Mr. Denham began by addressing what was on everyone's mind- why is an American delivering the keynote speech at a European congress!? Moreover, what can we learn from the US- a country with possibly the lowest quality of care and the most expensive of the industrialised nations? Mr. Denham believes that healthcare reform and quality are not only national, but global perspectives.
His objective was to share some of the very harsh business lessons that they are learning through healthcare reform in the US in the hope that Europe does not have to go through the same pain.
Quality Through Leadership
The focus was on the opportunity that leaders have to make a significant impact on healthcare reform. "It is my belief that the next generation of breakthroughs in healthcare quality will not be software; it won't be hardware; it won't be a new pharmaceutical agent; it won't be a new breakthrough in understanding the genome. It will be you. It will be leaders."
Mr. Denham stressed that research in the US suggests one in ten patients has harm from the care that we as healthcare providers deliver and that we have an excellent opportunity to reduce that harm. To illustrate the problems with healthcare in the US, Mr. Denham used the example of a news magazine. The cover story highlighted the best hospitals in America while another article described the problem of over-prescription of medications and another the dangers of medical insurance fraud. Also included was a patient survival guide for going into hospital. Clearly quality of care is a preoccupation of the general public as well as healthcare providers.
Stories are a key tool for leadership. There are many stories that can provoke improvements in processes and quality. Dennis Quaid joined Safety Leaders because of his particular story. His ten-day old twins experienced a catastrophic medication error. They were admitted to the hospital for an infection and were given 1000 times the dose of blood thinner herapin, twice. By joining the organisation and sharing his story he is helping to build awareness.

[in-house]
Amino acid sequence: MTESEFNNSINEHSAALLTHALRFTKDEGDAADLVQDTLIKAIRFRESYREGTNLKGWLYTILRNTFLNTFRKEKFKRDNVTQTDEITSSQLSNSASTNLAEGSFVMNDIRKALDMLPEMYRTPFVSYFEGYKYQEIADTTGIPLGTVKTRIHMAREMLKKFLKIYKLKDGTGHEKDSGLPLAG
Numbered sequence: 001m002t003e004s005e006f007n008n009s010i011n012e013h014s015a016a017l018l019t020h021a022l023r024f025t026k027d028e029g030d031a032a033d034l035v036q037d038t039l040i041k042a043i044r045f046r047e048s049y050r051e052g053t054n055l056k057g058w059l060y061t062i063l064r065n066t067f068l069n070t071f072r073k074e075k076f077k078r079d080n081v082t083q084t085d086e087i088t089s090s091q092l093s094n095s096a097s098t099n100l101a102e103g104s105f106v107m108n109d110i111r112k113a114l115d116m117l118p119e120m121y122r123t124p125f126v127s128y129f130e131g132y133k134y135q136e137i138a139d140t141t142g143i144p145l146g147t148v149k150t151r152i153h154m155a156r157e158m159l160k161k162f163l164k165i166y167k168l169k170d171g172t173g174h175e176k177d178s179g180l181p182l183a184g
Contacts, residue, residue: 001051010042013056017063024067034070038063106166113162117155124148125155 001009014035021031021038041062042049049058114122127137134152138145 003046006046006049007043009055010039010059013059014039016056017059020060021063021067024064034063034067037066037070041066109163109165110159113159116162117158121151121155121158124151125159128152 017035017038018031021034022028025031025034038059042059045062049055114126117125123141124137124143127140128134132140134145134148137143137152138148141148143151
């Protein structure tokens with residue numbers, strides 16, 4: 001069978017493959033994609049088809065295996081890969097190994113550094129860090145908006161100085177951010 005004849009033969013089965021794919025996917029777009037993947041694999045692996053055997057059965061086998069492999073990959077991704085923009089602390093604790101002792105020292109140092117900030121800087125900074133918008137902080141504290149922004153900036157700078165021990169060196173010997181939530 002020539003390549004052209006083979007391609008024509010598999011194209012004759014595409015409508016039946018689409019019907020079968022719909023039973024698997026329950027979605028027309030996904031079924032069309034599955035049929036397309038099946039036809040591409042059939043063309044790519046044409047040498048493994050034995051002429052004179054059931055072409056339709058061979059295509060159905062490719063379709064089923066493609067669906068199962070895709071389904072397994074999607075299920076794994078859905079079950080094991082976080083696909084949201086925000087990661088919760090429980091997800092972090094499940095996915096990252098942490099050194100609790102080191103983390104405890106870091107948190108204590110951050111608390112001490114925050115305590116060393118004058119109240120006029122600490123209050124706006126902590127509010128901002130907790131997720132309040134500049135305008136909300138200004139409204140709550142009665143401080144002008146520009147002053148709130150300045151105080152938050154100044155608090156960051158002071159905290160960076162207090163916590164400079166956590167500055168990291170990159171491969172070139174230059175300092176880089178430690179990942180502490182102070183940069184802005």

For Mr. Denham, leaders can use stories to bring the heart and the head together. That means bringing together facts and numbers with emotion and love. The greatest leaders are those that can communicate and empower their staff by telling stories.
Failure of Support Systems
Why are there so many quality issues? Denham believes that these problems are due to the failure of support systems: leadership support systems, practice support systems and technology support systems. These three systems can deliver high quality care but this is not happening in practice; information is not managed correctly nor are medications and pathology reports. System failures have a direct impact on quality.
Taking nurses as an example, Denham claims that, "We are asking our staff to do more and more without teaching them how to work smarter with leadership." Nurses go to the nursing station on average 200 times a shift, and to the medication cabinet 100 times meaning they are travelling three to five miles in a typical shift. They RFID tagged the nurses to calculate how they were using their time but the technology failed as the nurses moved too fast to be recorded. This illustrates the pressures put on healthcare staff.
The Four A's
For Mr. Denham, the four A's: Awareness, Accountability, Ability and Action are key to quality in the adoption of technologies and practices. "Awareness of performance gaps, accountability of those who must close the gaps, the ability or know-how of those who are accountable (you can be aware and accountable but not be able to close them), and then the direct actions that need to take place."
To illustrate the importance of the four A's, Mr. Denham looked to the CT scan radiology accident issue, something prevalent in both the US and Europe. He showed a photograph of a patient with a Saturn ring area of alopecia on his head due to radiation. Basically the patient was given too high a dose. In the US 70 million CT scans are performed per year but there is a 30% overutilisation rate and 40% of studies are inappropriate.
Mistakes like these are system failures, the leadership are more often than not unaware, there is a lack of accountability, and no investment in knowing when accidents might occur and the risks and actions. The four A's prevent problems like this from occurring.